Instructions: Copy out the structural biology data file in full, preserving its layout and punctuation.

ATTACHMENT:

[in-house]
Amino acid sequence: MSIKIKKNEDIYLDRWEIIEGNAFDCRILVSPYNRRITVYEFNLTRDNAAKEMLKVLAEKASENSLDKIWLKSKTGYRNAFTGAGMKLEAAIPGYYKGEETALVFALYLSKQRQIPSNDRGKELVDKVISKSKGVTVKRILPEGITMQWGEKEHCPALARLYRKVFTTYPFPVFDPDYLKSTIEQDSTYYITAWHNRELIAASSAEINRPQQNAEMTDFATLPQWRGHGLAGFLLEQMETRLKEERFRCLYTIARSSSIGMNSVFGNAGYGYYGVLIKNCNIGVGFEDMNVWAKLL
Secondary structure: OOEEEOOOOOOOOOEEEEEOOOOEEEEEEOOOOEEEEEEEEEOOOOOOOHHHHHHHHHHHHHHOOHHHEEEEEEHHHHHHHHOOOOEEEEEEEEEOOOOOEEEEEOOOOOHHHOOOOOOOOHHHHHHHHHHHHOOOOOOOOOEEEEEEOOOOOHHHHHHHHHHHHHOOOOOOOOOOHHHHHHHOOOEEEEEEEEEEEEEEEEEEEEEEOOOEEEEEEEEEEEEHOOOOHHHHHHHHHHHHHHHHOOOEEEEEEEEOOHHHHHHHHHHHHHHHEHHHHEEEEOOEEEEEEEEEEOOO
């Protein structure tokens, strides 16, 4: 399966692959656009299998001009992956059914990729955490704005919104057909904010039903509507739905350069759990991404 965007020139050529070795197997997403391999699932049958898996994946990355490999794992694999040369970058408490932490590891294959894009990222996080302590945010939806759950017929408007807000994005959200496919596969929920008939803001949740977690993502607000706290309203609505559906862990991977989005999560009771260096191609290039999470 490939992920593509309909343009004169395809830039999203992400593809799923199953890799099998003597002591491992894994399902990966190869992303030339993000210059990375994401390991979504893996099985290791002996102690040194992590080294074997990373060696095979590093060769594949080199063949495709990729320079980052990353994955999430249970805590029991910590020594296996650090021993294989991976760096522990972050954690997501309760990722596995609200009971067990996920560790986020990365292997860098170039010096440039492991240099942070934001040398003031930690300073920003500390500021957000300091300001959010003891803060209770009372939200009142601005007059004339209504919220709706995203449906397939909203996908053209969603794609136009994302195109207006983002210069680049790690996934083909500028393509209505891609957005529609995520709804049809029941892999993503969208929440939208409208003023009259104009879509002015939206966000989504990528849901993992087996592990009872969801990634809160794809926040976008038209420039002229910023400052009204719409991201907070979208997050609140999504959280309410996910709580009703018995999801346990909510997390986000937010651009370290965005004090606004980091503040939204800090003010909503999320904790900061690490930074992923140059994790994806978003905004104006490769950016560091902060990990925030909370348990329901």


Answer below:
[in-house]
Amino acid sequence: MSIKIKKNEDIYLDRWEIIEGNAFDCRILVSPYNRRITVYEFNLTRDNAAKEMLKVLAEKASENSLDKIWLKSKTGYRNAFTGAGMKLEAAIPGYYKGEETALVFALYLSKQRQIPSNDRGKELVDKVISKSKGVTVKRILPEGITMQWGEKEHCPALARLYRKVFTTYPFPVFDPDYLKSTIEQDSTYYITAWHNRELIAASSAEINRPQQNAEMTDFATLPQWRGHGLAGFLLEQMETRLKEERFRCLYTIARSSSIGMNSVFGNAGYGYYGVLIKNCNIGVGFEDMNVWAKLL
Secondary structure: OOEEEOOOOOOOOOEEEEEOOOOEEEEEEOOOOEEEEEEEEEOOOOOOOHHHHHHHHHHHHHHOOHHHEEEEEEHHHHHHHHOOOOEEEEEEEEEOOOOOEEEEEOOOOOHHHOOOOOOOOHHHHHHHHHHHHOOOOOOOOOEEEEEEOOOOOHHHHHHHHHHHHHOOOOOOOOOOHHHHHHHOOOEEEEEEEEEEEEEEEEEEEEEEOOOEEEEEEEEEEEEHOOOOHHHHHHHHHHHHHHHHOOOEEEEEEEEOOHHHHHHHHHHHHHHHEHHHHEEEEOOEEEEEEEEEEOOO
């Protein structure tokens, strides 16, 4: 399966692959656009299998001009992956059914990729955490704005919104057909904010039903509507739905350069759990991404 965007020139050529070795197997997403391999699932049958898996994946990355490999794992694999040369970058408490932490590891294959894009990222996080302590945010939806759950017929408007807000994005959200496919596969929920008939803001949740977690993502607000706290309203609505559906862990991977989005999560009771260096191609290039999470 490939992920593509309909343009004169395809830039999203992400593809799923199953890799099998003597002591491992894994399902990966190869992303030339993000210059990375994401390991979504893996099985290791002996102690040194992590080294074997990373060696095979590093060769594949080199063949495709990729320079980052990353994955999430249970805590029991910590020594296996650090021993294989991976760096522990972050954690997501309760990722596995609200009971067990996920560790986020990365292997860098170039010096440039492991240099942070934001040398003031930690300073920003500390500021957000300091300001959010003891803060209770009372939200009142601005007059004339209504919220709706995203449906397939909203996908053209969603794609136009994302195109207006983002210069680049790690996934083909500028393509209505891609957005529609995520709804049809029941892999993503969208929440939208409208003023009259104009879509002015939206966000989504990528849901993992087996592990009872969801990634809160794809926040976008038209420039002229910023400052009204719409991201907070979208997050609140999504959280309410996910709580009703018995999801346990909510997390986000937010651009370290965005004090606004980091503040939204800090003010909503999320904790900061690490930074992923140059994790994806978003905004104006490769950016560091902060990990925030909370348990329901």